“Dorestad was an important harbour town in the middle of the present-day Netherlands, that had its hey-day in the Carolingian period, but was already an important settlement in the centuries before, with a famous 7th-century Frankish mint. In July 2014, the National Museum of Antiquities in Leiden hosted the second Dorestad congress, exactly five years after the first. This congress was attached to the exhibition ‘Golden Middle Ages: The Netherlands in the Merovingian World, 400-700 ad’ and brought together historians, archaeologists and linguists to discuss these ‘Dark Ages’, their burials and settlements, rituals and identities, and the position of the Low Countries in the world-wide networks of early-medieval Europe. Contributions in these congress proceedings are devoted to key themes like early-medieval identity and agency, so-called royal burials in Europe, significant find categories like garnets, coins and Merovingian glass, important new sites and finds from the Low Countries and recent work in the Carolingian ‘vicus famosus’ of Dorestad.”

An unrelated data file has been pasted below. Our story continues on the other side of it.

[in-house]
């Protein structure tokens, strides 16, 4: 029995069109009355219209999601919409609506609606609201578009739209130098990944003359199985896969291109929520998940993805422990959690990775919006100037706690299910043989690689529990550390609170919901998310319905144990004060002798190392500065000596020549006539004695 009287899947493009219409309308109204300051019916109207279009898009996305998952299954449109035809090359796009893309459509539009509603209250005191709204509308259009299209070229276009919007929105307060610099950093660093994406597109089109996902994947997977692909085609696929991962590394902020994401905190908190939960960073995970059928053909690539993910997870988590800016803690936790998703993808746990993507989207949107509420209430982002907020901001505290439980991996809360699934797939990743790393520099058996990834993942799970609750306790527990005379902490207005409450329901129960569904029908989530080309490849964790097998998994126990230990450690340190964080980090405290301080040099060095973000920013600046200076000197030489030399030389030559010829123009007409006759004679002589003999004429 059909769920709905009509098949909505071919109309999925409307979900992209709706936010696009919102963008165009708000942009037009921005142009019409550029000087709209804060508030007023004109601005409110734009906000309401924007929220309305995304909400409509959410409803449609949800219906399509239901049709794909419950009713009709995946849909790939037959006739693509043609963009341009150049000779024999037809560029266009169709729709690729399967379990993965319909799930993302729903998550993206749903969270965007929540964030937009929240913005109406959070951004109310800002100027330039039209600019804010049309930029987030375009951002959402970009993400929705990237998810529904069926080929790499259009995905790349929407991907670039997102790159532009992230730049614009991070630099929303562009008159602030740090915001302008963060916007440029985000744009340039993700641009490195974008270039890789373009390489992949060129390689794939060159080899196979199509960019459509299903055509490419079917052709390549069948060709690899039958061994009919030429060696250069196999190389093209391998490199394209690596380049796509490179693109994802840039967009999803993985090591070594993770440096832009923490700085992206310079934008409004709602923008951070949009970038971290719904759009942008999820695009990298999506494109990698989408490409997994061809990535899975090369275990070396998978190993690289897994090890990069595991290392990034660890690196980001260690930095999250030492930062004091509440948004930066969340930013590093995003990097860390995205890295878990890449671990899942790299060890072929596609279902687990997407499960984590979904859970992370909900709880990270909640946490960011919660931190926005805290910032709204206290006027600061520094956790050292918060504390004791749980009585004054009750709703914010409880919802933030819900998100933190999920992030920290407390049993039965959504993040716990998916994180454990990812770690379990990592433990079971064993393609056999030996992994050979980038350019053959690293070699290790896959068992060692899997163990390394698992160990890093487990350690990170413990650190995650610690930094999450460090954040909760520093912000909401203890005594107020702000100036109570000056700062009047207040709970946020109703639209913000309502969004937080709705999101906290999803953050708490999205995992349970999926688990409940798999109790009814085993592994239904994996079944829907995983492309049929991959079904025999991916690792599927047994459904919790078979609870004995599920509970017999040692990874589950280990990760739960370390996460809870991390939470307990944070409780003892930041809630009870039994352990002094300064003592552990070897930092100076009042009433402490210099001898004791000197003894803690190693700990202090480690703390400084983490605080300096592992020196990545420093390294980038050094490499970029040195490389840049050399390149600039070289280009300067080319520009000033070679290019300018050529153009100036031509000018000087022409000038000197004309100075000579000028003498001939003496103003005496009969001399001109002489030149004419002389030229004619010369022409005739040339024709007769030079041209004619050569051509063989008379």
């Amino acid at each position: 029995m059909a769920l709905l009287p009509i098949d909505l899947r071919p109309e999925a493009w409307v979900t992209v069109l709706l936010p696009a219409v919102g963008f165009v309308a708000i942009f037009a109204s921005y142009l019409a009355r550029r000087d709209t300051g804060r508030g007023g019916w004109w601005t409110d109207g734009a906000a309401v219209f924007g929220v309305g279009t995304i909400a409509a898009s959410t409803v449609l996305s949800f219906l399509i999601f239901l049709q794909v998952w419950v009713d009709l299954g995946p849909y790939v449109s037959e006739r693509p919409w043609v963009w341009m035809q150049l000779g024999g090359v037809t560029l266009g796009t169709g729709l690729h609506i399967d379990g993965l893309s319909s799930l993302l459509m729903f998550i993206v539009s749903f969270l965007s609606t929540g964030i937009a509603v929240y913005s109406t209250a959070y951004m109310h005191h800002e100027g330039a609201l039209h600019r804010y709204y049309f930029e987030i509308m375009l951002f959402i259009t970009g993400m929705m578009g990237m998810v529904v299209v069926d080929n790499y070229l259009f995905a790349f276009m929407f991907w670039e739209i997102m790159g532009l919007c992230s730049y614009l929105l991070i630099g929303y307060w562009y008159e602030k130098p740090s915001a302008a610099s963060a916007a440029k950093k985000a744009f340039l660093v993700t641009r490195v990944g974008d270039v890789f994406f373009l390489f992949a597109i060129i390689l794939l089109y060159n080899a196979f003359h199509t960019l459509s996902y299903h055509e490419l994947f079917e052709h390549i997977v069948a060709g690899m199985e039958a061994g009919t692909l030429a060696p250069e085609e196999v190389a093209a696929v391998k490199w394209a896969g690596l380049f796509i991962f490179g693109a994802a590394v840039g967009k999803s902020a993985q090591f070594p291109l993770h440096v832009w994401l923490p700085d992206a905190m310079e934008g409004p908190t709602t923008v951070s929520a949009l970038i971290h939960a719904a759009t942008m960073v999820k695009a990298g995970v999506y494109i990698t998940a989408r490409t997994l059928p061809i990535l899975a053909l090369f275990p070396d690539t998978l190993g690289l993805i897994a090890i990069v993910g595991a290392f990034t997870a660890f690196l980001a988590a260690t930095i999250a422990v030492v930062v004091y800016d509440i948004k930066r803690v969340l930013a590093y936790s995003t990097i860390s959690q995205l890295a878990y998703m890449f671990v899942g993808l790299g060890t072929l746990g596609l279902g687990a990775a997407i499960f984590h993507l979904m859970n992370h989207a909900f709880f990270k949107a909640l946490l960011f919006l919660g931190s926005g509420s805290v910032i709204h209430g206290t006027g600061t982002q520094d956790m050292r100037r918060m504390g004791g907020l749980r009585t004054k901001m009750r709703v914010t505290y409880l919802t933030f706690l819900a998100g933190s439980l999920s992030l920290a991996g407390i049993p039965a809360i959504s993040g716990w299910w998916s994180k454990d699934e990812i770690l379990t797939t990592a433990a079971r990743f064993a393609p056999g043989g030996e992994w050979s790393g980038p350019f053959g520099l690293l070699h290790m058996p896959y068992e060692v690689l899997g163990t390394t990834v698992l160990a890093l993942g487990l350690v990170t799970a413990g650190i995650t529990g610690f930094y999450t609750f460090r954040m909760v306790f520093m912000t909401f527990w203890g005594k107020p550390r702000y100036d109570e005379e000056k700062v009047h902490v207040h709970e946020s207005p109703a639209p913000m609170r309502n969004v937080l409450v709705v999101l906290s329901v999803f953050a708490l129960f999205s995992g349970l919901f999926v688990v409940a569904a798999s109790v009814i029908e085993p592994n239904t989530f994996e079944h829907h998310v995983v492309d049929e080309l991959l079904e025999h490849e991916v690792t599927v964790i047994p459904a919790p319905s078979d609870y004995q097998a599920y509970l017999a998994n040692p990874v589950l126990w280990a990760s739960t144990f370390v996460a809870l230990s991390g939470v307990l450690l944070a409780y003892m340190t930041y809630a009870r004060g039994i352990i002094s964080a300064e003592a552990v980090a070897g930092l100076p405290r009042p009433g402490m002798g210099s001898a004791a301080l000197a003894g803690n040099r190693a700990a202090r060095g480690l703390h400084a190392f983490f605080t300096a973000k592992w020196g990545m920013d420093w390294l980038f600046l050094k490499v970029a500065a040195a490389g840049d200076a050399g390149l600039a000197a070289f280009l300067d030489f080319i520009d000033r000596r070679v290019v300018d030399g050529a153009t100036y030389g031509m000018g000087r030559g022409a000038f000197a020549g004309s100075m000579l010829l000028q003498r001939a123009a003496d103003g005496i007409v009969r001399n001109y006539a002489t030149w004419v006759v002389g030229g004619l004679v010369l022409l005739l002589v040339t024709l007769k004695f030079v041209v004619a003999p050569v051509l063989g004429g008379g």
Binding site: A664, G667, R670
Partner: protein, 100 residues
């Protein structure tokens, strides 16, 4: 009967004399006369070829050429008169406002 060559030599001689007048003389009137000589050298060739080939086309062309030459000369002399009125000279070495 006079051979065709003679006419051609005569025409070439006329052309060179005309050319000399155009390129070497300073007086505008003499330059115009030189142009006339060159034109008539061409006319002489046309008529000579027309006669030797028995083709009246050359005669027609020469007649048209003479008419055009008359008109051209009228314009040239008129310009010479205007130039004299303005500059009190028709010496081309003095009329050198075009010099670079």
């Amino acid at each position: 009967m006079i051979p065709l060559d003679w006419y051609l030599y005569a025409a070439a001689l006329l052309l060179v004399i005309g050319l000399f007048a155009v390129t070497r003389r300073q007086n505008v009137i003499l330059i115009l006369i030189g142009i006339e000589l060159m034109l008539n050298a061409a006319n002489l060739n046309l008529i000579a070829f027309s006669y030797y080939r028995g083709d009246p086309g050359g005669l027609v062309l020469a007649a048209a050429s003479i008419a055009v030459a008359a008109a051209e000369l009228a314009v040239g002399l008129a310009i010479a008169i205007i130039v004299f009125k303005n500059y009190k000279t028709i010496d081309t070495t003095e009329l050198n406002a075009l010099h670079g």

Willemsen and Kik 2015a
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This page was last modified on 28 April 2018, at 14:22.